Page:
The recent high profile public concern about the people languishing in prison on the long discredited IPP sentence is welcome, as is the pressure to get them eased through the system and released back into the community.
It has been a depressing week for those of us involved in prisons.
The inquest into a teenager who took his own life in troubled Glen Parva prison heard from the governor that she did not have sufficient staff even to keep people alive.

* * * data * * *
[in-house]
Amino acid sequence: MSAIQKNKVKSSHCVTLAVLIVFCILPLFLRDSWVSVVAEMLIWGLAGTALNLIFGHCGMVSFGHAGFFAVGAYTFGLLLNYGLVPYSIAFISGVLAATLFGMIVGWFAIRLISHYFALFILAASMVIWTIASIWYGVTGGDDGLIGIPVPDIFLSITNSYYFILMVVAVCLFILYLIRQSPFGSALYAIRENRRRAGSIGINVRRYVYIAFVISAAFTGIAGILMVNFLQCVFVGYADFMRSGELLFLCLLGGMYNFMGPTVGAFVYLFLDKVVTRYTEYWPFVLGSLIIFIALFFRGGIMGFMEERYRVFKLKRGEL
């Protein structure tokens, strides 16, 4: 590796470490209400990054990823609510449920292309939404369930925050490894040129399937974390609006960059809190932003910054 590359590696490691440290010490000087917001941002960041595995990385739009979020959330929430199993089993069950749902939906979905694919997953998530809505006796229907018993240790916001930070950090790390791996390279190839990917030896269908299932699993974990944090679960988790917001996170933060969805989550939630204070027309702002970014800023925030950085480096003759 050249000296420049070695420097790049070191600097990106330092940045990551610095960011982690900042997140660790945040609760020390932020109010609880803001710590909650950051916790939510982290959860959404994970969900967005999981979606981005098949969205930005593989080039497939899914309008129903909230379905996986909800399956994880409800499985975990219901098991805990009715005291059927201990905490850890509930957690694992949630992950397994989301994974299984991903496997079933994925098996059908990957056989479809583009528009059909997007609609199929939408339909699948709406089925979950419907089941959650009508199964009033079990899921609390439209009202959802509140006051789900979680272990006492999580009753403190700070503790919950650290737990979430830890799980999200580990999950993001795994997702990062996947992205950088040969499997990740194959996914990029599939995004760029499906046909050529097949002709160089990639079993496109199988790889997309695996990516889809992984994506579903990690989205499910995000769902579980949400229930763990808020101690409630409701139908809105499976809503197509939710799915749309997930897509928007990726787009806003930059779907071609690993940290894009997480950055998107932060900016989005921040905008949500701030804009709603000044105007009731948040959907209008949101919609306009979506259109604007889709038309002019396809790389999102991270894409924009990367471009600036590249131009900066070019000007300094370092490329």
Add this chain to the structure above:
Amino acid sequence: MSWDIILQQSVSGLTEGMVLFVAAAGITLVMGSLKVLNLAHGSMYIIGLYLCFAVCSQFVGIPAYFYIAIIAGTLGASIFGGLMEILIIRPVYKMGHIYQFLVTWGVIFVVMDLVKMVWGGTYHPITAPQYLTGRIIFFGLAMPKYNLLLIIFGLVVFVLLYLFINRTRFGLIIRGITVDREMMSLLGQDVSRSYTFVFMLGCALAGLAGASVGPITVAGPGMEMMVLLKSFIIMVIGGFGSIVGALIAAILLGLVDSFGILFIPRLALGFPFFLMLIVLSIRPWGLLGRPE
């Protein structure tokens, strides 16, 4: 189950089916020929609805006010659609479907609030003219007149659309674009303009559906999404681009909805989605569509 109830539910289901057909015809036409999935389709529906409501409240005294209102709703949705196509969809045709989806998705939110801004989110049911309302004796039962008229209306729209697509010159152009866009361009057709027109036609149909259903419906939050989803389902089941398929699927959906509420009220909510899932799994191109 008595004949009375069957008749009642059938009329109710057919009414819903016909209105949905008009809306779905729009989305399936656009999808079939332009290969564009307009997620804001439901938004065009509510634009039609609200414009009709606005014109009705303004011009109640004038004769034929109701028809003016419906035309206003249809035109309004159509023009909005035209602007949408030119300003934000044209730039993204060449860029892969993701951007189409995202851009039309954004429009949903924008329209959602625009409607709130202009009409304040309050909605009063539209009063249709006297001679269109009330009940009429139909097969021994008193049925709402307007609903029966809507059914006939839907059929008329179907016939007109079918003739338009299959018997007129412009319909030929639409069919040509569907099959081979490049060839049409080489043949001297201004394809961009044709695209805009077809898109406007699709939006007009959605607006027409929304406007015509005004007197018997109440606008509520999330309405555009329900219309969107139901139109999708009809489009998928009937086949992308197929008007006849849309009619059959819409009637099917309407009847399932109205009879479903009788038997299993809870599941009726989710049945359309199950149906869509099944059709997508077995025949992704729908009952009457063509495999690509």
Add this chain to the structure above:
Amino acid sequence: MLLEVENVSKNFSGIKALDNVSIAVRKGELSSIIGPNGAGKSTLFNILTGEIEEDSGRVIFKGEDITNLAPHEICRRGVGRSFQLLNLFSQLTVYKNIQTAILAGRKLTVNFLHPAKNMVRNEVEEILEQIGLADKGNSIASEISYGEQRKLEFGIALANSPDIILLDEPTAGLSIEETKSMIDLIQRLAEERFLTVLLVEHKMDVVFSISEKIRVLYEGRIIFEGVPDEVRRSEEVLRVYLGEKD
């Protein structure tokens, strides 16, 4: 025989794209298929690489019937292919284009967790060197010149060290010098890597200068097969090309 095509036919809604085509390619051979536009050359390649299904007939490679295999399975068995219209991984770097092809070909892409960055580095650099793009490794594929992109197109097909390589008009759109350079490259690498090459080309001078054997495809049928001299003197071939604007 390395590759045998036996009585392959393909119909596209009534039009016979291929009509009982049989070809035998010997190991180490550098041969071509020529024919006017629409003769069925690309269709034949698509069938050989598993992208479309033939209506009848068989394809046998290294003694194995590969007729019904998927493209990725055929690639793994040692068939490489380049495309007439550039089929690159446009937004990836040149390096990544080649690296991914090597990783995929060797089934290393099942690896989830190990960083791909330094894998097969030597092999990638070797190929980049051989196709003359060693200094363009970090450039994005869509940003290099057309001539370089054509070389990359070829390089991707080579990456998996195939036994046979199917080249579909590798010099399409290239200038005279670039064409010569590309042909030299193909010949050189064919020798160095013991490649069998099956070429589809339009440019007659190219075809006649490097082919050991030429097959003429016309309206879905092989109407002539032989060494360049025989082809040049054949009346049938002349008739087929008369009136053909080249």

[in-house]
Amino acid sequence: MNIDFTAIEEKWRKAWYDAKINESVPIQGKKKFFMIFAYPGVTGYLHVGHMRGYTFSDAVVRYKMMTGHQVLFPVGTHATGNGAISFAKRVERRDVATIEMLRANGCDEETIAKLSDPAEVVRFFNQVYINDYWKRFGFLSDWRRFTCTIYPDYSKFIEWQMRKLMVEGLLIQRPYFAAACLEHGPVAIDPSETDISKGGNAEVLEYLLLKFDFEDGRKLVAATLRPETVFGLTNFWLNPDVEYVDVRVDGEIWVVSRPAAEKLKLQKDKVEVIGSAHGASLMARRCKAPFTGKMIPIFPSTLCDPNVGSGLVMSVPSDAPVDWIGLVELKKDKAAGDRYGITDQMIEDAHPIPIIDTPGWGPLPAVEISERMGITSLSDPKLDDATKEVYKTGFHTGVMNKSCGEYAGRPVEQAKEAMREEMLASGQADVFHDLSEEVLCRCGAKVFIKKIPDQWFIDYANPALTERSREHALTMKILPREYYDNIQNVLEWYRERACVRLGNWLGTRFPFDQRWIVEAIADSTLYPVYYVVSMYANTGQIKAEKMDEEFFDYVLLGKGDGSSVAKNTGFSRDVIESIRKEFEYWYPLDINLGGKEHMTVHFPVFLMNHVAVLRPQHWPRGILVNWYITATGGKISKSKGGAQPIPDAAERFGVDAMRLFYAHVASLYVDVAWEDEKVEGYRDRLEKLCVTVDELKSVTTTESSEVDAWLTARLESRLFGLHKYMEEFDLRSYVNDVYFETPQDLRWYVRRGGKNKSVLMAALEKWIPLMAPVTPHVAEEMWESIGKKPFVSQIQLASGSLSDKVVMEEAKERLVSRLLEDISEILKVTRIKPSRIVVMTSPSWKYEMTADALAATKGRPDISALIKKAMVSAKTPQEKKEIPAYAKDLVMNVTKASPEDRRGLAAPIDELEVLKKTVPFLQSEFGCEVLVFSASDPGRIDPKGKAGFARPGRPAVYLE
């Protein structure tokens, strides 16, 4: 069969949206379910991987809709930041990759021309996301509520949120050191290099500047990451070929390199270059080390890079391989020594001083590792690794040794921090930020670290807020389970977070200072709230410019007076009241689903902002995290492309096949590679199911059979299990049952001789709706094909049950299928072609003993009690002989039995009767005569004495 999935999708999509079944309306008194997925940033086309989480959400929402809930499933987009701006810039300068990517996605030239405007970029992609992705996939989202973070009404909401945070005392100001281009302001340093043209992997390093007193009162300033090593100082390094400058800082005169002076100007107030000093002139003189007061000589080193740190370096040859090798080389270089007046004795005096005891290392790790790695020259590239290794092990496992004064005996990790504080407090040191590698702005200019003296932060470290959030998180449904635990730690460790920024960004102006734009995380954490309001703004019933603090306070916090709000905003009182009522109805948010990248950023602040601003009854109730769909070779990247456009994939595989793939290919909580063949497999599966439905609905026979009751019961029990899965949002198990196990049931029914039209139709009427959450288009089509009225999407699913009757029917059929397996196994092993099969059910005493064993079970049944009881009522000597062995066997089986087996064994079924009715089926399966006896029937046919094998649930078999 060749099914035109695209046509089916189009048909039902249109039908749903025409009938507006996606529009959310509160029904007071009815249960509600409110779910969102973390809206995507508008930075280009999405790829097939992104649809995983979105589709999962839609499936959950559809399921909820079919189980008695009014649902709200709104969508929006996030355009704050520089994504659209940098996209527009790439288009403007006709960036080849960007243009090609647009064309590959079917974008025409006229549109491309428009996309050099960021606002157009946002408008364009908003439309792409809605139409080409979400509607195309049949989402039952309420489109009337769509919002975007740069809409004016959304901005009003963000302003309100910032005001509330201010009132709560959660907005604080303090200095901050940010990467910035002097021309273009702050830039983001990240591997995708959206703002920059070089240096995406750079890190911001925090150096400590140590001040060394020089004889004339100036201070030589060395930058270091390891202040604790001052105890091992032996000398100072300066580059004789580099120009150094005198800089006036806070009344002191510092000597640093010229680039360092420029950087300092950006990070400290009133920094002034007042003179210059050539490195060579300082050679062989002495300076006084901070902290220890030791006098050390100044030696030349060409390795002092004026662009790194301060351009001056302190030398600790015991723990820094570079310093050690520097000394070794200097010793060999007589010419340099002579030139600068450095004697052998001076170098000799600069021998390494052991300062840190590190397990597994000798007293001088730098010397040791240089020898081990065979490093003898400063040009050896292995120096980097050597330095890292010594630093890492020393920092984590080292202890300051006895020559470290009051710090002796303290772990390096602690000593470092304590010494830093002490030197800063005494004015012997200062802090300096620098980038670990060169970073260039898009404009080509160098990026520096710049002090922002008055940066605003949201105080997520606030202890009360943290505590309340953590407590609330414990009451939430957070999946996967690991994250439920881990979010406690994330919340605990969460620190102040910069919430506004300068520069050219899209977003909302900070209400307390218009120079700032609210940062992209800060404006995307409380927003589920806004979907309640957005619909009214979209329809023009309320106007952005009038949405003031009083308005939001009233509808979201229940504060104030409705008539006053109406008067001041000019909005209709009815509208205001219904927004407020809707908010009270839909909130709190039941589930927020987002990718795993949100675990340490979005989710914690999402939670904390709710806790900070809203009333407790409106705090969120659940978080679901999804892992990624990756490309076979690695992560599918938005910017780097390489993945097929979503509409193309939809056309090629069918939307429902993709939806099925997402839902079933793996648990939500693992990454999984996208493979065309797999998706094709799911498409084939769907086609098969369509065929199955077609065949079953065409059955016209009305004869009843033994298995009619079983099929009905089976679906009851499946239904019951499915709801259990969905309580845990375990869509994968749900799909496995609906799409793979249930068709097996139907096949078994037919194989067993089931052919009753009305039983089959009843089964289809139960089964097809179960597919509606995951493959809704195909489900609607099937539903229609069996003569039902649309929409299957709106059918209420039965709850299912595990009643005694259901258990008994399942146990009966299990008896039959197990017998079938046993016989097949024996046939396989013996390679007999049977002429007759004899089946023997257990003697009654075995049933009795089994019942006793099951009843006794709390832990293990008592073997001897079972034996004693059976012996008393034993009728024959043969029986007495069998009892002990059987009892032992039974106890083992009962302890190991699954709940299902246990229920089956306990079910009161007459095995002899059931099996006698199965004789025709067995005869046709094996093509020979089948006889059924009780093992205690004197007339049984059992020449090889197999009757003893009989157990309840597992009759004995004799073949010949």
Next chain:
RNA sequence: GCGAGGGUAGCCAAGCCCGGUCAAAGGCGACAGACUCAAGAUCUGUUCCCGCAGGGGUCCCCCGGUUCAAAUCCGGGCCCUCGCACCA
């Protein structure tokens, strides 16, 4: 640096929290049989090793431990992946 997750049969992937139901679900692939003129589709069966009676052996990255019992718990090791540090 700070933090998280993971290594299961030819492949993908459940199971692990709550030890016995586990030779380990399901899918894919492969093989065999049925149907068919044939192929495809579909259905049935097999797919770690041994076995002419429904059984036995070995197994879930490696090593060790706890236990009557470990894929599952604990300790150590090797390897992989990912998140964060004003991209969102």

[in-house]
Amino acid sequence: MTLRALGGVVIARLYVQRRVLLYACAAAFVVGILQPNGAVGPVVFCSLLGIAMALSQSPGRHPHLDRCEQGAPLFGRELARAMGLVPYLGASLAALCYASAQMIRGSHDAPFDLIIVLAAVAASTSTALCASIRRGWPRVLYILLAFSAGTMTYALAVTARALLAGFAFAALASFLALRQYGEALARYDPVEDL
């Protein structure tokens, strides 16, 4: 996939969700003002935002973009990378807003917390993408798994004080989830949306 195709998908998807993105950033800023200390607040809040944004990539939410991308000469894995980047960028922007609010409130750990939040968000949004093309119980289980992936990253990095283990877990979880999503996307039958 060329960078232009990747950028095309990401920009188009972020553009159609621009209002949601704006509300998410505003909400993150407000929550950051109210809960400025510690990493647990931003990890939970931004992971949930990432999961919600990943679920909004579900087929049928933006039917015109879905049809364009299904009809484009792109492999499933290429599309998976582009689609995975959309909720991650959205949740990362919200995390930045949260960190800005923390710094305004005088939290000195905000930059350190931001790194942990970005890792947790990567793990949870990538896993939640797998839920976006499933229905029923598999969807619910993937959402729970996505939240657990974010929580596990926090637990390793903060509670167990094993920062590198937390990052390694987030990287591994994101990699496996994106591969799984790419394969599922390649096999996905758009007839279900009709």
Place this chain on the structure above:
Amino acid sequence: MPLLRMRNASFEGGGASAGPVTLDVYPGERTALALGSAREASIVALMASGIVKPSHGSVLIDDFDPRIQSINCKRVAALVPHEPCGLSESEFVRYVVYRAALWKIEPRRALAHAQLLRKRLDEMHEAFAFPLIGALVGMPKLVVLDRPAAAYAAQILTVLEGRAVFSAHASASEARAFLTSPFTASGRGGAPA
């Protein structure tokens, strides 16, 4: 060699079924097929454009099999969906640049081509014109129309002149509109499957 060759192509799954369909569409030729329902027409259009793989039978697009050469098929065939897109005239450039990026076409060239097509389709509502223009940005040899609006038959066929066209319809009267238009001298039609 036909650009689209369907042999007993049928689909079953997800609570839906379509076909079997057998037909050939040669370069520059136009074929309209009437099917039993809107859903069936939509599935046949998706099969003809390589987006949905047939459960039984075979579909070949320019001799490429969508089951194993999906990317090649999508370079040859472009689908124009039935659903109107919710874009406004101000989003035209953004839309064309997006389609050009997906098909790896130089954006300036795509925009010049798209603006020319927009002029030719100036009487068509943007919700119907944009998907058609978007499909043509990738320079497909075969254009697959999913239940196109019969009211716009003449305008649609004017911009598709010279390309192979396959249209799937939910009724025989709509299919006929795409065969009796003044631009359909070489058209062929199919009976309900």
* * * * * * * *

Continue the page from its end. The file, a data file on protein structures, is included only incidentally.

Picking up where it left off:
The Chair of the Parole Board, Nick Hardwick, suggested this week that the people serving indeterminate sentences should be released once their tariff has expired unless it can be proved they continue to be a risk. This is a reversal of the current burden of proof that requires people to prove they are safe.
Drawing on a range of sources, including public documents and interviews, this report illustrates that the Indeterminate Sentence for Public Protection (IPP) has been ill-conceived and is ultimately flawed.